Sometimes in life, we unexpectedly must take on new roles. For Janie Emaus that was serving as a caregiver for both her physically challenged husband and 97-year-old mother who suffers from dementia.
After Janie’s father died 10 years ago, Janie’s mother, Sylvia, moved into a retirement home. But it wasn’t long before Sylvia grew increasingly miserable and unhappy.
“So, she came here to live with me and my husband throughout the years, and she just slowly got more dependent on me,” Janie said. “She was also hospitalized for a fall that broke a rib and caused her to have trouble breathing.”
Yet, the challenges for Janie didn’t stop there. In 2013, Janie’s husband suffered from a brain tumor, which has confined him to a wheelchair, and over time, he’s grown physically weaker.
Like Janie, many caregivers will tell you that while preparing meals, helping with housekeeping, providing companionship and assisting loved ones with basic needs can be challenging, those daily tasks are far from the hardest part of the role. Rather, it’s learning how to provide the best care for someone who suffers from the early stages of dementia and how to maintain patience and compassion.
“There have been times I’ve yelled at her because she just keeps asking me the same thing over and over, and then I really get upset with myself,” Janie said. “But I am learning that you have to have patience and not yell because yelling only makes things worse.”
Learning how to balance it all
Taking care of a person with a physical disability or a certain health condition like dementia brings many challenges, especially because each person’s health condition can progress differently. But Janie said establishing a routine allowed her to help balance the needs of her loved ones, including her own.
Typically up by 7 each morning, Janie prepares breakfast for her husband (who wakes up around 8), then cares for her mother, who gets up later in the morning. Throughout the day, she attends to their needs along with other house errands. Afterward, she prepares dinner and helps both get into bed—only then is she allowed to wind down for the night.
“It gets a little crazy, especially since my husband likes to eat dinner early, and my mom gets agitated since she’ll get sundowners, where she’s not sure if it’s day or night,” she said. “It sometimes gets overwhelming as well because they’re both calling me at the same time, like if they need help getting into the bathroom.”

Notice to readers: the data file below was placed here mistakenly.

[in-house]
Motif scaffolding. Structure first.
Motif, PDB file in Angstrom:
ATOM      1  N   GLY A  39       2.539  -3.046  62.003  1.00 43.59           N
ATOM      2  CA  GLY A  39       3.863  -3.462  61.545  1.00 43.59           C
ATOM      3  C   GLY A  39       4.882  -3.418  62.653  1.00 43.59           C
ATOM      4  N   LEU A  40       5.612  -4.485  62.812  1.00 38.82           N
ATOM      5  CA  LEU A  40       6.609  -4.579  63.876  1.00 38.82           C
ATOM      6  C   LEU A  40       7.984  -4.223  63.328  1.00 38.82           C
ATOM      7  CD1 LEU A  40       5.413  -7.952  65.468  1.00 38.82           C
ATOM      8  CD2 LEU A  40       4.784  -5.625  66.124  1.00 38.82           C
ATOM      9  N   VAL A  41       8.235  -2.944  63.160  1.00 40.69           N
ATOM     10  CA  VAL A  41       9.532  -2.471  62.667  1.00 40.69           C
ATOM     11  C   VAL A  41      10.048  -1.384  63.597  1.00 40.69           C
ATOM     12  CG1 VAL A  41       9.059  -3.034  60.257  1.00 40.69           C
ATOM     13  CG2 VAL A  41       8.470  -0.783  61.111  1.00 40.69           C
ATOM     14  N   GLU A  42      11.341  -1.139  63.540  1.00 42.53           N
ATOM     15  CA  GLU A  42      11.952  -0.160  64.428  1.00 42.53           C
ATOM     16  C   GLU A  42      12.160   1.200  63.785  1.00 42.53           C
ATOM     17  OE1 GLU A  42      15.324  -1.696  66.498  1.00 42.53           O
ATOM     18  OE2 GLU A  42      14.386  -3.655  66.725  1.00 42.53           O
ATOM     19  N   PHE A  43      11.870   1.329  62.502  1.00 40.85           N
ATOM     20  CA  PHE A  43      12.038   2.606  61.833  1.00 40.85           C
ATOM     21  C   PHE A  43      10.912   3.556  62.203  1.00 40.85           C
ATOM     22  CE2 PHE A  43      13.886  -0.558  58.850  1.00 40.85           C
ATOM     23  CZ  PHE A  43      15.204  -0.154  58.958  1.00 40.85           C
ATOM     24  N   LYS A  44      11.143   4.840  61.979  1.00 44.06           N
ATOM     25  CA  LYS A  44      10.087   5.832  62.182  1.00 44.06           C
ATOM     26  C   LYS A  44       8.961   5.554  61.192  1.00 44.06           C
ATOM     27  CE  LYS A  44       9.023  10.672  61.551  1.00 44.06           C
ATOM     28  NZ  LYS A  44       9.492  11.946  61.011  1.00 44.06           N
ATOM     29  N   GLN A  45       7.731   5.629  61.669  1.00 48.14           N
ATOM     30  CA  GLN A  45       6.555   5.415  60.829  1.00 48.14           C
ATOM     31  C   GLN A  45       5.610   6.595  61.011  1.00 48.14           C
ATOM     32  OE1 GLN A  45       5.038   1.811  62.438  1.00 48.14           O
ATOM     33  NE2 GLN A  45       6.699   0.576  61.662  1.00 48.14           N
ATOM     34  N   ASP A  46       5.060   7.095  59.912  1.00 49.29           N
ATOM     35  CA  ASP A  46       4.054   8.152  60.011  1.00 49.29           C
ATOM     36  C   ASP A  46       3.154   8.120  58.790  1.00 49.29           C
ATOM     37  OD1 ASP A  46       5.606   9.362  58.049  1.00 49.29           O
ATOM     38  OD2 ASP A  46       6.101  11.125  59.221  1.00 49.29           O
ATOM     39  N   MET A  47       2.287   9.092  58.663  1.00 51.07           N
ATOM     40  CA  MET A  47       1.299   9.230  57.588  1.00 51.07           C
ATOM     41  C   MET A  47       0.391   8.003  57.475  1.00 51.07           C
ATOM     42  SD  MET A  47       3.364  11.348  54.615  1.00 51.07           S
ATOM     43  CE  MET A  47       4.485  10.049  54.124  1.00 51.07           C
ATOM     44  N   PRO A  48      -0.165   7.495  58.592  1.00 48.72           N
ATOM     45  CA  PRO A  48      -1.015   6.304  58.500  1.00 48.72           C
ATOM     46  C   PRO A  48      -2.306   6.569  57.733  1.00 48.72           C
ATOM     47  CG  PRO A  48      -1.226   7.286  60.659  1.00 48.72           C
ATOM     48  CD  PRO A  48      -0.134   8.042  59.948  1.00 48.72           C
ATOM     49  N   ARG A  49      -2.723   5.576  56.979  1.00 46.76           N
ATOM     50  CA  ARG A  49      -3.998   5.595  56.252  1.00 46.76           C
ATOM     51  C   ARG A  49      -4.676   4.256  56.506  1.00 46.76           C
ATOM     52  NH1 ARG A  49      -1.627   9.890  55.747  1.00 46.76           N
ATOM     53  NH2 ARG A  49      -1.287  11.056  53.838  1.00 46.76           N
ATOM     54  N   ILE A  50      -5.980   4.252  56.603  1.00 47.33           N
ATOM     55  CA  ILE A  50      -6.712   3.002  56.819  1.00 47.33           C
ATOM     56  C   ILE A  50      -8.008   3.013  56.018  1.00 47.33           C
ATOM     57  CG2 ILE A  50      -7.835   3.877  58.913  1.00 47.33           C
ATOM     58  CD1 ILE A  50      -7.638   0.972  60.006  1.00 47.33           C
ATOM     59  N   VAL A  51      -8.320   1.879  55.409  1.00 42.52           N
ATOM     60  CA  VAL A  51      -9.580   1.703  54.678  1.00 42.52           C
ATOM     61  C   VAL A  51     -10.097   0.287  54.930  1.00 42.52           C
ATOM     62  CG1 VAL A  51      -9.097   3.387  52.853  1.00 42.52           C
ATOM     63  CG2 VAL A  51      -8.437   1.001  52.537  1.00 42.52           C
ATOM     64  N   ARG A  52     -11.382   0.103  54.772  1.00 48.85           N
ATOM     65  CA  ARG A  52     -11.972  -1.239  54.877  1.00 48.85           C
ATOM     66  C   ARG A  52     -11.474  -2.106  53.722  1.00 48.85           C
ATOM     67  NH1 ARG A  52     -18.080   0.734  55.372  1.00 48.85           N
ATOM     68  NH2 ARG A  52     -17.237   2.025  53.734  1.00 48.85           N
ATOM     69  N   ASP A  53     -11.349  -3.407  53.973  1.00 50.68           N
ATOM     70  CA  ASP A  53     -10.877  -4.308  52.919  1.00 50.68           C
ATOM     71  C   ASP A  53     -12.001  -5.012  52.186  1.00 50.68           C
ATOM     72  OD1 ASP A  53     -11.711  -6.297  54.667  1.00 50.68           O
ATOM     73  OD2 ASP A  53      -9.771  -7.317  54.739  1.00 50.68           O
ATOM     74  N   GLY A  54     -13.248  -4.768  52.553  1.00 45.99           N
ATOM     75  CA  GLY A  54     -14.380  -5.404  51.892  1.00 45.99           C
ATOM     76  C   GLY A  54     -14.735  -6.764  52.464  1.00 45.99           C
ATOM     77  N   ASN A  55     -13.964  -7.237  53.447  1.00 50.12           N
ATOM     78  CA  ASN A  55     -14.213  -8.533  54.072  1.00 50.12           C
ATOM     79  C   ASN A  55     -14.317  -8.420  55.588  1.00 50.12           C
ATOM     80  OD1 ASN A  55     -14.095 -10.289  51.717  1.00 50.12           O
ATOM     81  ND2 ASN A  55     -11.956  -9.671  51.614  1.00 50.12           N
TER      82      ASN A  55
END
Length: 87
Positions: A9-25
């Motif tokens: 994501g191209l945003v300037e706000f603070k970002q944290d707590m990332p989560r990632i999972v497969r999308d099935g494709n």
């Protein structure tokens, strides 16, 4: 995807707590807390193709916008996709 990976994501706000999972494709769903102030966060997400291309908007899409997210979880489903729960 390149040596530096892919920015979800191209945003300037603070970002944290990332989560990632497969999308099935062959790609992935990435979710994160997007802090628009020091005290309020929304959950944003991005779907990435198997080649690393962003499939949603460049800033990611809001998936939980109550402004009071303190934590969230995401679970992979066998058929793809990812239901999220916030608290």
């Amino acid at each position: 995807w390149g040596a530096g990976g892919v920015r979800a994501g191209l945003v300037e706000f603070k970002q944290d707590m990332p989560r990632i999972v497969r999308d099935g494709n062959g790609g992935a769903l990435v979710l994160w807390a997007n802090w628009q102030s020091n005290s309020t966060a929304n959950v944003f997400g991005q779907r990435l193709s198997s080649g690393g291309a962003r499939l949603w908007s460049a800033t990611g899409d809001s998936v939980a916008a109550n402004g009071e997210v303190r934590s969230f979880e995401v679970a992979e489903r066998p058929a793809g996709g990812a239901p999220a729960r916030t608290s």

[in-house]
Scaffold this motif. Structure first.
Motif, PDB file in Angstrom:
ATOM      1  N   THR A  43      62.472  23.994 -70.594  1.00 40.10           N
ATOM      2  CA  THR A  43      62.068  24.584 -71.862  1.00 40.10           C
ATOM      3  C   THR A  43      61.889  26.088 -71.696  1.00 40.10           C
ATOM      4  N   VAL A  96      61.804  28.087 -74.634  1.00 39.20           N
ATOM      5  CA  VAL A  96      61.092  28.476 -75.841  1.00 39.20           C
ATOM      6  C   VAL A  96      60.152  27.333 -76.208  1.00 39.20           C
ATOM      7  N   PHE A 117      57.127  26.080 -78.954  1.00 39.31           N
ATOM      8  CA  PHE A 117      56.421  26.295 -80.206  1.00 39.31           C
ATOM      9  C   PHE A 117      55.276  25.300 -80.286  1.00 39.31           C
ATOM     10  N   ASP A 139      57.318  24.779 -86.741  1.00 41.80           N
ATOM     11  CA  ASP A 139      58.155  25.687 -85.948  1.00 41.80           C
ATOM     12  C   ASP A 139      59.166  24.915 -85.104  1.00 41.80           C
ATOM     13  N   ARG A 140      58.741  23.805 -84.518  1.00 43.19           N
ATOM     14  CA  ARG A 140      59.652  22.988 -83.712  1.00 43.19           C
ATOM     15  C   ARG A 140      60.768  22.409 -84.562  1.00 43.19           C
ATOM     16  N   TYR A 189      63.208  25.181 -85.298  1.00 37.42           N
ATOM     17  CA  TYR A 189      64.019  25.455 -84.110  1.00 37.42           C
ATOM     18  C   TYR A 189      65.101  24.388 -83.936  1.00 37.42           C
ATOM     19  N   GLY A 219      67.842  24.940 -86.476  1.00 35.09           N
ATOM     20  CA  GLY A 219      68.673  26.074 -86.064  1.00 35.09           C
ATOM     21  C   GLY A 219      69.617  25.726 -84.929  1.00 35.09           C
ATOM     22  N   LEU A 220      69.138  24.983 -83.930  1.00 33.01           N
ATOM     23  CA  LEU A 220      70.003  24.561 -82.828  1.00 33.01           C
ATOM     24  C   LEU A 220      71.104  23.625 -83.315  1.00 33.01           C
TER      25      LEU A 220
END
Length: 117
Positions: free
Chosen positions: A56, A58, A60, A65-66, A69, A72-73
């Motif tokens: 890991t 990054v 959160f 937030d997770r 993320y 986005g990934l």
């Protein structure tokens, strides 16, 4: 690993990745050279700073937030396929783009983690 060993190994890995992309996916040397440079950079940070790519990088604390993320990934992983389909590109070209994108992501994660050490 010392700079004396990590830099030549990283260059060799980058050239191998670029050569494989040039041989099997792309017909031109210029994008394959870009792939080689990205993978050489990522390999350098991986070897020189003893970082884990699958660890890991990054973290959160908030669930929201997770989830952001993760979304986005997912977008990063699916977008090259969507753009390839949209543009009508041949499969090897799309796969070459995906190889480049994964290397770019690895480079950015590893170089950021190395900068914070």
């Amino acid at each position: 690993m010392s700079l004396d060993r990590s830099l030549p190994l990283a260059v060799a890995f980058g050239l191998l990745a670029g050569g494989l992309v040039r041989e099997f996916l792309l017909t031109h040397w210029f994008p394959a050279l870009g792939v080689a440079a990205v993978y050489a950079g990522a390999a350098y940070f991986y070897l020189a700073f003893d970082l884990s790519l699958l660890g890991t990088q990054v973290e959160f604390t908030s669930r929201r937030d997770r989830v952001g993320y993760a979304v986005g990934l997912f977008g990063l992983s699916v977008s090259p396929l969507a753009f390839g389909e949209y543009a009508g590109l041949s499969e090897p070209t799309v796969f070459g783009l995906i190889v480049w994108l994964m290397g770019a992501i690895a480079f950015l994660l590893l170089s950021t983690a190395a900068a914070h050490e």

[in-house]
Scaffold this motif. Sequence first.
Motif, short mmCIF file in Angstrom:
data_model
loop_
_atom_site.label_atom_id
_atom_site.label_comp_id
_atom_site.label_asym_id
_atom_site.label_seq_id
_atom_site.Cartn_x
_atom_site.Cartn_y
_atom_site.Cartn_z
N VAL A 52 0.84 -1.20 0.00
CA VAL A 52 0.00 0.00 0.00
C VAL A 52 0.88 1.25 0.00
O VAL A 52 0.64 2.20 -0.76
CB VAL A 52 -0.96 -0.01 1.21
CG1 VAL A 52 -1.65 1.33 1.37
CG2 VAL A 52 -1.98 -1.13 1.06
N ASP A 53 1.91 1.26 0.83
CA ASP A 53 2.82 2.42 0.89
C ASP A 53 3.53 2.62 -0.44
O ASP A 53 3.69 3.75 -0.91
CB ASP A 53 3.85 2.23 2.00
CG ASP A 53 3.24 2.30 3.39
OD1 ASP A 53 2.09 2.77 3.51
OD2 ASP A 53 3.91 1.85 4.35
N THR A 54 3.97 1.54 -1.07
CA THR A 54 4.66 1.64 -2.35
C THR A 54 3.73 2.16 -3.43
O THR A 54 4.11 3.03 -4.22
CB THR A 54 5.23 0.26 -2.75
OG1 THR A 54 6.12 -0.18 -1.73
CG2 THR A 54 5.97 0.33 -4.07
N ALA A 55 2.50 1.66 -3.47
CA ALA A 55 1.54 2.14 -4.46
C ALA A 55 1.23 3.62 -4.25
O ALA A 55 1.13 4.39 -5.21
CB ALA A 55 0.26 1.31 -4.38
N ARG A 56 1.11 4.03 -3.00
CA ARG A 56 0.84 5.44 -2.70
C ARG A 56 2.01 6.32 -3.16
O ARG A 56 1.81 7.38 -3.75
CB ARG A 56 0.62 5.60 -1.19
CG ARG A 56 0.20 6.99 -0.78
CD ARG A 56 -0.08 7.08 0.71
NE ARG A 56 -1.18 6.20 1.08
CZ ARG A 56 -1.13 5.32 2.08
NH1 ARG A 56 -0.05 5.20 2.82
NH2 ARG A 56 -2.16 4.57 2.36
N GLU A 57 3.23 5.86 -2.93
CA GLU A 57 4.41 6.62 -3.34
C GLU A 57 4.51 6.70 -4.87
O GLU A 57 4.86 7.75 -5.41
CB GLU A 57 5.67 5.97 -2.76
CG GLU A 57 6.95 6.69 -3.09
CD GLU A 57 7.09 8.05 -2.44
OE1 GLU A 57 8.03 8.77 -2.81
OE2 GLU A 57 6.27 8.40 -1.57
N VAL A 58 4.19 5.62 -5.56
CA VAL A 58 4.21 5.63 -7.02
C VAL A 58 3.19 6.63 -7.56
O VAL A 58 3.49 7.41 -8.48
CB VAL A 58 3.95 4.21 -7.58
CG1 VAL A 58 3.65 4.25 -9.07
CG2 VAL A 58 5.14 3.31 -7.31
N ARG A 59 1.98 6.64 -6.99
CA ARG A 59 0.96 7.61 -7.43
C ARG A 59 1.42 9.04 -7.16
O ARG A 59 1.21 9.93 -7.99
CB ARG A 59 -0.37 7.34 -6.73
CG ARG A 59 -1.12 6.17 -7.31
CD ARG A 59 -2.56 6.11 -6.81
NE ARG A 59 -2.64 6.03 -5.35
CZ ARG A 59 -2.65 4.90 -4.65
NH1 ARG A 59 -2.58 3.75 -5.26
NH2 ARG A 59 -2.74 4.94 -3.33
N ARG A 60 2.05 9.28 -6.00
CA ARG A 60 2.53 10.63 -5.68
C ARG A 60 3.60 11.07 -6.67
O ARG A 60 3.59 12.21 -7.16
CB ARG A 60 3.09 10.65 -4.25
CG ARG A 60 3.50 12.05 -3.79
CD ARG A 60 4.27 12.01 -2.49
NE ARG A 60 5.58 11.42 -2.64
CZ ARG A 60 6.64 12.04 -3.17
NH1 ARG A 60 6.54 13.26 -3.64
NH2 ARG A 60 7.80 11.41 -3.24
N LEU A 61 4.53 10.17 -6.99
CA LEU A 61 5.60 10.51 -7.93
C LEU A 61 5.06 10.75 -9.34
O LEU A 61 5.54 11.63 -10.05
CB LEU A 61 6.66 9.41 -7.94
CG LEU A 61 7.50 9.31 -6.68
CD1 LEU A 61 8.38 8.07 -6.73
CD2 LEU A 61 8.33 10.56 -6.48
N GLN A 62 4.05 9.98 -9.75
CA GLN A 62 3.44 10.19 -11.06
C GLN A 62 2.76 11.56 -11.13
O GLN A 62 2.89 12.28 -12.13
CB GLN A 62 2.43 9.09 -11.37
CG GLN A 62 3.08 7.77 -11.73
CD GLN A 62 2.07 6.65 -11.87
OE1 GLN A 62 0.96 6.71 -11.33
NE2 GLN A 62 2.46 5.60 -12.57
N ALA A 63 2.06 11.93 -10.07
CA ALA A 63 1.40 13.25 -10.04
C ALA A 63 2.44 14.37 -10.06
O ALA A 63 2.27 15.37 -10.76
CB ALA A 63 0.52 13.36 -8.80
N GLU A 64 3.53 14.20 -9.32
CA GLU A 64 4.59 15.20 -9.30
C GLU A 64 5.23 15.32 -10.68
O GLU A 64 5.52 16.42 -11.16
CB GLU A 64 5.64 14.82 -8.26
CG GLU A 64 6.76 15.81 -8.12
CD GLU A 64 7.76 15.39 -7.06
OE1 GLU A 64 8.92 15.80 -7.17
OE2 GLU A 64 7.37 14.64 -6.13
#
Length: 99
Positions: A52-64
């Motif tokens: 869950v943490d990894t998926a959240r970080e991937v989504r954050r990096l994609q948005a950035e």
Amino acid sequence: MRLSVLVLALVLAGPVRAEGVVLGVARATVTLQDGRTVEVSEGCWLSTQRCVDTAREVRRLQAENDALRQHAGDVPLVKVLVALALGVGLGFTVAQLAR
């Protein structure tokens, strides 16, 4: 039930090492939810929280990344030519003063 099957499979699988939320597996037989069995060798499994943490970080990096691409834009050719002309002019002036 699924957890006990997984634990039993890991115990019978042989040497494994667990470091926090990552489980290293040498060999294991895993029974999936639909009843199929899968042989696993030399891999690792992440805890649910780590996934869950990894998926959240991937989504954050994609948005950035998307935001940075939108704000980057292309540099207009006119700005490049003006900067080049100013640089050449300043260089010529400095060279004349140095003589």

But because Janie established a routine with both her mother and husband, it all works out.
She said assistance from other caregivers has helped her with her loved ones’ basic daily needs and house chores when she can’t attend to them.
“We do have a caregiver who comes and helps out three days a week for a few hours, but I mostly take care of them,” Janie said. “But I am getting to the point where I’m going to need somebody a little more than that.”
Importance of making time for yourself
Even though Janie fills most of her day taking care of her mother and husband, she said it’s just as important to find time for yourself. Her go-to? Maybe going for a walk, writing, or focusing on her book and online blog.
“It’s so important for caregivers to have ‘me’ time,” she said. “I have to get my writing and exercise in, even if it’s for an hour. Take the time that you need for yourself, if you swim, walk, or even if it’s just meditating. Because if you’re not healthy, you’re not going to be any good for anybody.”
Finding joy during the caregiving journey
Being a primary caregiver comes with a lot of responsibility and is certainly not an easy task, but for Janie, it’s a decision she wouldn’t have made any other way. Even though she gets angry or overwhelmed at times, she said she does her best to stay upbeat and positive—and always tries to find a way to laugh, even with her mother.
“My mother loves to drink, and she likes going out,” she said, “so sometimes we’ll go out to dinner, we’ll go sit at a bar, just the two of us.”
For other caregivers who may be in a similar situation, Janie added that having patience, avoiding yelling and arguing, and finding time for yourself are all key aspects to having a more joyful and intentional caregiving journey—even if it’s a role you didn’t expect or plan to take on.
“My mother never wanted to be where she is, but now that she’s here, she doesn’t realize it. Some days she says I don’t want to be such a burden on you, but it just happened and she’s not a burden,” Janie said. “I couldn’t live with myself knowing she’s in some other place, being somewhere where she’s just lonely. She’s never been lonely here. So, I feel fortunate and lucky that I get to spend this time with my mom.”